Former Jacksonville Mayor Alvin Brown and former President Bill Clinton have an intertwined political history.
Brown had worked in the Clinton administration, and then when Brown was running for re-election, Clinton came to town to work a fundraiser/supporter event before Brown’s narrow loss.
The two men were together again Monday, at a church in Northwest Jacksonville. Clinton, stumping for Hillary; Brown, introducing the 42nd President, and re-introducing himself to a Democratic base who misses him exponentially more with each passing news cycle of the Lenny Curry administration.
Brown, who has been absent from public life in Jacksonville since July, chose an interesting time to make his return.
Corrine Brown is, perhaps, in serious legal trouble that might preclude her running in 2016. And Alvin Brown is the biggest name of the four Jacksonville candidates (others being Audrey Gibson, Mia Jones, and Tony Hill) who could run in her stead to ensure the newly drawn CD 5 remains a Jacksonville seat.
Alvin Brown, when introduced, let out a Hello Jacksonville … and got a whoop of acknowledgement, before thanking the volunteers.
Brown said Clinton “has spent her whole life breaking down barriers,” ensuring that “if you work hard and play by the rules, you can reach your God given potential.”
As well, Brown said Clinton was “the most qualified candidate in the race,” who could “close the education gap” and provide “equal pay for equal work because America needs a pay raise.”
Brown, “truly humbled to be here today,” introduced Bill Clinton as a “true friend for Jacksonville” who “made the tough decisions as President.”
Alvin Brown spoke of the Bill Clinton economic record, of “really putting America back to work,” before introducing a distinctly rapsy-voiced former President Clinton.
And so started the main event.
Clinton acknowledged members of the crowd, including Tony Hill, before going into a bit about how “this is a different type of election” with “stuff you’ve never seen, especially from the other guys,” before pivoting to a reference to the optimism in the Obama SOTU with regards to job creation and strong economic numbers.
“Yet we’ve got all this stuff going on … all this finger-pointing,” Clinton said.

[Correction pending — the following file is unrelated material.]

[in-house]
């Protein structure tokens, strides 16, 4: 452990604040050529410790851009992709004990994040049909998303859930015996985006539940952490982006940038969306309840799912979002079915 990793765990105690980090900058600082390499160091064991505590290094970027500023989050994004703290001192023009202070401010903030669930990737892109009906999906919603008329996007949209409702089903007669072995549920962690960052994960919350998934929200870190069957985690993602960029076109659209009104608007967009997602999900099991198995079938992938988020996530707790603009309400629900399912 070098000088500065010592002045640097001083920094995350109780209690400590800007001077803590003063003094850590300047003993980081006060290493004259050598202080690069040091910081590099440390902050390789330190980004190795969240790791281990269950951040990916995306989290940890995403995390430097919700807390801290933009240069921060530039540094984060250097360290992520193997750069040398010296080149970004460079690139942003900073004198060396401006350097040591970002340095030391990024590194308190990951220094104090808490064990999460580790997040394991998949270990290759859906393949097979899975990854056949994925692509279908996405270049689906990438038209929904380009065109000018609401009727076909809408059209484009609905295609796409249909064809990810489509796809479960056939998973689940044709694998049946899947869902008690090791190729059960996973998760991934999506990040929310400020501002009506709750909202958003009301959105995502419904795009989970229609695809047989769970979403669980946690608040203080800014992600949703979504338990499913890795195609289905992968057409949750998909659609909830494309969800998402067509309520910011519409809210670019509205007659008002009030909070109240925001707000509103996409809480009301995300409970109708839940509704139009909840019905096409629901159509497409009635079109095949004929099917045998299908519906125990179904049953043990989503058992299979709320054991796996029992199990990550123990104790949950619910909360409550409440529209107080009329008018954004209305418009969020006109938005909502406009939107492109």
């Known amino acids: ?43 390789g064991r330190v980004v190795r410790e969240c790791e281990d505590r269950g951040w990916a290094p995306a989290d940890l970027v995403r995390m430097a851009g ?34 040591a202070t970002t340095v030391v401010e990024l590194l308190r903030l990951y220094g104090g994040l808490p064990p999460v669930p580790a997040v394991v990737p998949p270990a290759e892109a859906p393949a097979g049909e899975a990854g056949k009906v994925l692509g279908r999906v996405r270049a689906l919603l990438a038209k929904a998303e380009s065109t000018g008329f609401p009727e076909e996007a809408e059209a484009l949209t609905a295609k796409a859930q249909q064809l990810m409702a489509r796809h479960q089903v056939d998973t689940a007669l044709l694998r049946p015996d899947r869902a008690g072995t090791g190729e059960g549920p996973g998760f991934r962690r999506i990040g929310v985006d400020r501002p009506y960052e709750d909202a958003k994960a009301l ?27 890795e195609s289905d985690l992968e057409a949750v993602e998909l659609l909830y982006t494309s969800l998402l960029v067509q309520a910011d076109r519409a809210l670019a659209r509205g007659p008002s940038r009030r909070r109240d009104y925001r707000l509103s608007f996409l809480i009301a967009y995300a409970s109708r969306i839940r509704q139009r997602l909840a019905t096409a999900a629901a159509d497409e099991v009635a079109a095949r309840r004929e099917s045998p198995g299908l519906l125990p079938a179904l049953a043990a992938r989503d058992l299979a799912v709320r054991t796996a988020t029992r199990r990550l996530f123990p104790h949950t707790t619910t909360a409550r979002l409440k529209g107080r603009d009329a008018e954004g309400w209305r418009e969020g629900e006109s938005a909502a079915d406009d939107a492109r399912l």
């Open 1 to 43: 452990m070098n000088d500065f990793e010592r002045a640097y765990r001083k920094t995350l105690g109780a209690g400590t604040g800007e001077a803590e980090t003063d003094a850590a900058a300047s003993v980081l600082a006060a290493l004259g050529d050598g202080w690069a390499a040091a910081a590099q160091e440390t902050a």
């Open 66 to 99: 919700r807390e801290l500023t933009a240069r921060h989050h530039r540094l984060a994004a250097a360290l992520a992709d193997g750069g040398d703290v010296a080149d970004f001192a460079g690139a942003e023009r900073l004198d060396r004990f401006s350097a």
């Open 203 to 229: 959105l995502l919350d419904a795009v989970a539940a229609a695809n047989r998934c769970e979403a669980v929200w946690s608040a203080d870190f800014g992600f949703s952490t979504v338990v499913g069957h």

“The picture the president painted is accurate, but most people don’t see themselves in it.”
A lack of pay raises. Children at risk of losing their lives to violence and other problems. “We have to face all that,” Clinton said, before mentioning the death of Aiden McClendon in a drive-by.
“This would have been his second birthday,” Clinton said, sounding like Lenny Curry.
“We don’t have an economy yet that works for everybody, and even if we did, there are so many barriers.”
Clinton said his wife was trying to change all of that.
Then Clinton went in to an anecdote, where his wife said “you know, I’m not a natural politician like President Obama or my husband … but I do like doing the job.”
Clinton then recounted his story of proposing to his wife three times. Eventually, she said yes, and came to Arkansas.
Clinton said of his wife that “she’s always focused on what she can do to make things better.”
“What I think we need is a change maker,” Clinton said. “She has walked the walk for a very long time.”
Much of what Clinton said about his wife was a recounting of her record as a change maker, spanning the period from her work in the Children’s Defense Fund and from the first lady position in Arkansas, as a fighter against the kind of institutionalized injustices that were common in the South back then and today, in different ways.
“There are thousands and thousands of Americans under the age of 40 who have had better lives because of her because she always makes something good happen,” Clinton said.
One of those good things was upgrading education standards in Arkansas.
Then came Washington, a “different world,” where the Clintons fought for health care reform.
“We tried, we failed, we didn’t have 60 votes,” yet they were able to pass the Children’s Health Insurance Program by “sticking it in the balanced budget bill so the Republicans would vote for it.”
As a result, 8 million kids have health insurance who wouldn’t otherwise.
Clinton extolled his wife’s work in the Senate, including bills passed to benefit veterans with bipartisan support.
“‘We think your wife cares about our issues … more than anyone in either party,'” Clinton said a veteran told him.
Former President Clinton, playing to the crowd sometime later, noted that Jacksonville needs an infrastructure program. His implication was President Hillary Clinton would help with that.
“Think how many jobs would be created if we took up every rusty pipe in America,” Clinton said, referencing Flint.
Clinton addressed phenomena like gun violence at Sandy Hook (“this is crazy”) and the Supreme Court vacancy (“sometimes you’ve got to find common ground, and sometimes you’ve got to stand your ground”), in light of the battle over the Court, the future of which seemingly will be decided by the next nominee.
“There’s no question that over a 40-year period she’s the best change maker,” Clinton said.
“Tear the barriers down. Tear them all down.”
The former President’s speech felt like a trip down memory lane for some on hand, but for others, especially the politicos on hand whose rise to prominence happened in the context of the quarter-century-long Clinton era, it was welcome comfort food.
“We need a world-class change-maker,” 42 said, “and she is the best I’ve ever known.”